November 25th, 2011

The Steve Himmer Blog

Review of Revelation by Colin Winnette
Steve Himmer

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Revelation, a novel by Colin Winnette, is a story about the end of the world in which, somehow, the apocalypse isn’t the biggest thing going. The story follows a core of three friends (Marcus, Colin, and Tom) from youth to old age as they lead ordinary lives in the midst of exploding trees, vanished oceans, plagues of locusts, and the Four Horsemen. Mundane traumas like a lost teenage girlfriend are more devastating to these characters than a lost ocean, and the vast wasteland of dead, rotting fish left behind as it dries are taken as a wretched novelty but not much of a warning.


It’s disorienting, at first, that the novel insistently focuses on these men growing older, having children, entering and leaving marriages, and so on, rather than offering specifics about why the world is on fire or what will will be done about all these plagues. It goes so fiercely against expectation, reversing the genre of apocalypse tales; think 2012, in which hollow stock characters are put in the story only to lead the viewer from one special effect to the next. In Revelation, by contrast, the explosions are there to lead us through the years of these characters’ lives, and for the most part the catastrophes of the story — both apocalyptic and domestic — happen “off stage.” That stylistic choice of huge spans of time passing in between pages is disorienting, too, reducing the chronological context of how these boys became the men they are to ambiguous events of religious conversion, time spent in jail, multiple wives we don’t meet, and so on. We drop on these characters once in a while, at moments that aren’t their most dramatic but are more like the aftermath of drama, and all along the apocalypse goes on in the background as ambiguously explained as their lives.


For these boys-then-men, the end of the world has gone on like this for years, one plague at a time their whole lives. Time passes, other things dominate your attention, and minding the apocalypse is as easily forgotten as remembering, for example, to visit an aging father more often than it actually happens. That may be the biggest revelation in all of this: how easily time slips away, subsumed by smaller demands, even in the face of global destruction; no need to overload the implications, in our age of climate change and extinction.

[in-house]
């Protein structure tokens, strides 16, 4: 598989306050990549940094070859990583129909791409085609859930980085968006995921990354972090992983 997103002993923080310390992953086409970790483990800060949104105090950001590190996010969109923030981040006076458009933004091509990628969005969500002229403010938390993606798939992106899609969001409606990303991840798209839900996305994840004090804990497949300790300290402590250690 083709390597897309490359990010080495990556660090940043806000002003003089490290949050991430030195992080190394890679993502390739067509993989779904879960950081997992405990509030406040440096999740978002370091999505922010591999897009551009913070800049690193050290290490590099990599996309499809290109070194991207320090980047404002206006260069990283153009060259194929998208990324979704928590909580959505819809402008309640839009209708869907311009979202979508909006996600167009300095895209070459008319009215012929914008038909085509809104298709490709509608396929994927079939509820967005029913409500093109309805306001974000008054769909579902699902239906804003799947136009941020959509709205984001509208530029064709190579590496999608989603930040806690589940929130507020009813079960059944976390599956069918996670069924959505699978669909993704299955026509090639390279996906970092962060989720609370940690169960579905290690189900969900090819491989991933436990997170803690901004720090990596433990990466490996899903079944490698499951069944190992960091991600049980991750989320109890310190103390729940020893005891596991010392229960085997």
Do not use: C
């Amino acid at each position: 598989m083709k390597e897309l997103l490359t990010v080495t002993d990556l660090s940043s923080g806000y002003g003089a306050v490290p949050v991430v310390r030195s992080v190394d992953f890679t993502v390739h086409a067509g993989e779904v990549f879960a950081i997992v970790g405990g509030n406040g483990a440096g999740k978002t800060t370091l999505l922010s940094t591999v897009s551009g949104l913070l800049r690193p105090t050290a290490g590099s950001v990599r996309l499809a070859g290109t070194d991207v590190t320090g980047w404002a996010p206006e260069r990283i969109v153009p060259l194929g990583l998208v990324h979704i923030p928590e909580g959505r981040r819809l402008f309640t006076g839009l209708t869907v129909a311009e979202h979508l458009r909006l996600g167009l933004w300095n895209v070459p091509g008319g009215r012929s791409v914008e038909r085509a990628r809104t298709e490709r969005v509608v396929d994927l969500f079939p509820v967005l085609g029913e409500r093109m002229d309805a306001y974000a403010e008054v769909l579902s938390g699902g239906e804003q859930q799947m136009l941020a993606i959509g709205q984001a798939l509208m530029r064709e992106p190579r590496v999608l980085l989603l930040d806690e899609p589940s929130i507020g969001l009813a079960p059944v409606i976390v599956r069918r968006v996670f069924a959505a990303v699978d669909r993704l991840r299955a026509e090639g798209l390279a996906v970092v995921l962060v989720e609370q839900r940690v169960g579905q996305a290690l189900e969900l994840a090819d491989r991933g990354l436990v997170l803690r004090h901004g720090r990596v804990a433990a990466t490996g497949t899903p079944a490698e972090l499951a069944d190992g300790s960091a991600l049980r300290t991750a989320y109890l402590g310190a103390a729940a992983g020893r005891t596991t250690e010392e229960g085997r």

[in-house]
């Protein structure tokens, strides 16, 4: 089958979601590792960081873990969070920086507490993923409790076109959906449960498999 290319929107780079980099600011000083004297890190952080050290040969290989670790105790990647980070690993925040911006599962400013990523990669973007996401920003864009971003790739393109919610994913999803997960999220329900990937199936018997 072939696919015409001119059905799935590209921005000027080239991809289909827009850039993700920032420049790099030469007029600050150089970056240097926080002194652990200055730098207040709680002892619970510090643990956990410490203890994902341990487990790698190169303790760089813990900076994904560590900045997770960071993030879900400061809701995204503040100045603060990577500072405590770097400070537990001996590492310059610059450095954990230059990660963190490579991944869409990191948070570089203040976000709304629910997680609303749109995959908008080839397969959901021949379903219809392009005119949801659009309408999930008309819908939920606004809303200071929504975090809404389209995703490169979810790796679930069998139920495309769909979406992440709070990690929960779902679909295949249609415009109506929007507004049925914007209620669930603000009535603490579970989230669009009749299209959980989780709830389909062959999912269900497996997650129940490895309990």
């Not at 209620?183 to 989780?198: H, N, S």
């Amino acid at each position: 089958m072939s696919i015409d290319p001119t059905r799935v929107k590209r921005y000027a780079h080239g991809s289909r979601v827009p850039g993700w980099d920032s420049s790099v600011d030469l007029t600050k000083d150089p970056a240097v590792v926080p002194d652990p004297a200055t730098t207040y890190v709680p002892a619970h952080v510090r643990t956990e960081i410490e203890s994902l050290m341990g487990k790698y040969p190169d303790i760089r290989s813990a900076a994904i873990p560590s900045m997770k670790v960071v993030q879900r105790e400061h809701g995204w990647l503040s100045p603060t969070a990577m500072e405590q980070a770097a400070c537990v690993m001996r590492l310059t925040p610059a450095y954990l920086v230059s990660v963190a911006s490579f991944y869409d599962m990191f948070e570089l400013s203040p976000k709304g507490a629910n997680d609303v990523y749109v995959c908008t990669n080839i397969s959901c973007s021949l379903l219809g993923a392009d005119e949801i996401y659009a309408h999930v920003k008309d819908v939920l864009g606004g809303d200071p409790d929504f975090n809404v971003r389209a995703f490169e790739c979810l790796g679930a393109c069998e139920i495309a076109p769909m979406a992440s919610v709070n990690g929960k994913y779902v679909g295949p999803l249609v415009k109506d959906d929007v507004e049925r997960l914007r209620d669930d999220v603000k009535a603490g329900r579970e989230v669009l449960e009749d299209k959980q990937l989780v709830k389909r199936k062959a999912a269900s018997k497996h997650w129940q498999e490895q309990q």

There’s a metaphor in all this, that the world is always ending and always has been and will be for each generation of men (because Revelation is very much a story about men and men’s lives, with markedly few women crossing the novel’s pages) as they’re born and they age and they endure the same frustrations and failures as past and future sons. It’s the end of the world but that’s no reason to give up on it, as a father who spends his free time on astronomy reminds his son:


“The stars don’t stop moving.” Marcus’s father was at the telescope. He sat back in his chair and looked at his son. “There is always something else to see.”


Later, that son, Marcus, pays to take a hot air balloon ride, and the balloon’s pilot asks,


“What makes you want to do a crazy thing like ride in a hot air balloon, anyway?”


“I don’t know,” Marcus said. He leaned against the inside of the basket, resisted the urge to sit, to lie down. “My girlfriend left me.”


The other man could only laugh.


Why pay for a view above a scorched, oceanless, nearly-dead landscape unless that’s the only world you’re used to and individual heartache pains you more than that global loss? Why, unless the end of the world is the ordinary cost of being alive?


Later, when he’s older, Marcus wades through a parking lot flooded with biting locusts to carry his own son to safety, a much greater concern than asking why the world has been plagued. And Marcus’ own father, the astronomer looking for answers, says of the insects:


“Funny thing is,” his father began, “as long as they stay outside, they’re not really a problem. In fact, they can be comforting at night. Their little bodies tapping against the windows and the walls of the building, every night sounds like a soft summer rain.”


Characters endure and even ignore the apocalypse one way or another, the way we endure anything — broken bones, broken hearts, lost jobs and lost oceans — and ultimately there’s a fatalistic optimism in that: this is the world we live in, whether it’s on fire or not, and this is the world in which we’ll grow old, so you might as well get used to it. The way you might get used to a sky when familiar stars are fading away:


Marcus was no good at rowing. They turned three half circles in either direction once the boat was out of the mud and fully afloat. She took a turn with the oars and managed to get them 20 feet or so from the shore. It was a clear night. Things were still. Little wind. The water gathered itself around the body of the boat.


“So few stars,” she said.


“You have to let your eyes adjust.” They sat in the boat and tried to see how still they could be, how easily they could settle into the night, and it into them. The stars never came. The sky was thin and dark and the moon hung low, as empty as the night before.


“It’s much duller than it was at the beginning,” she said..


[Originally published on the personal blog of Steve Himmer, editor-in-chief of Necessary Fiction. It can be found here.]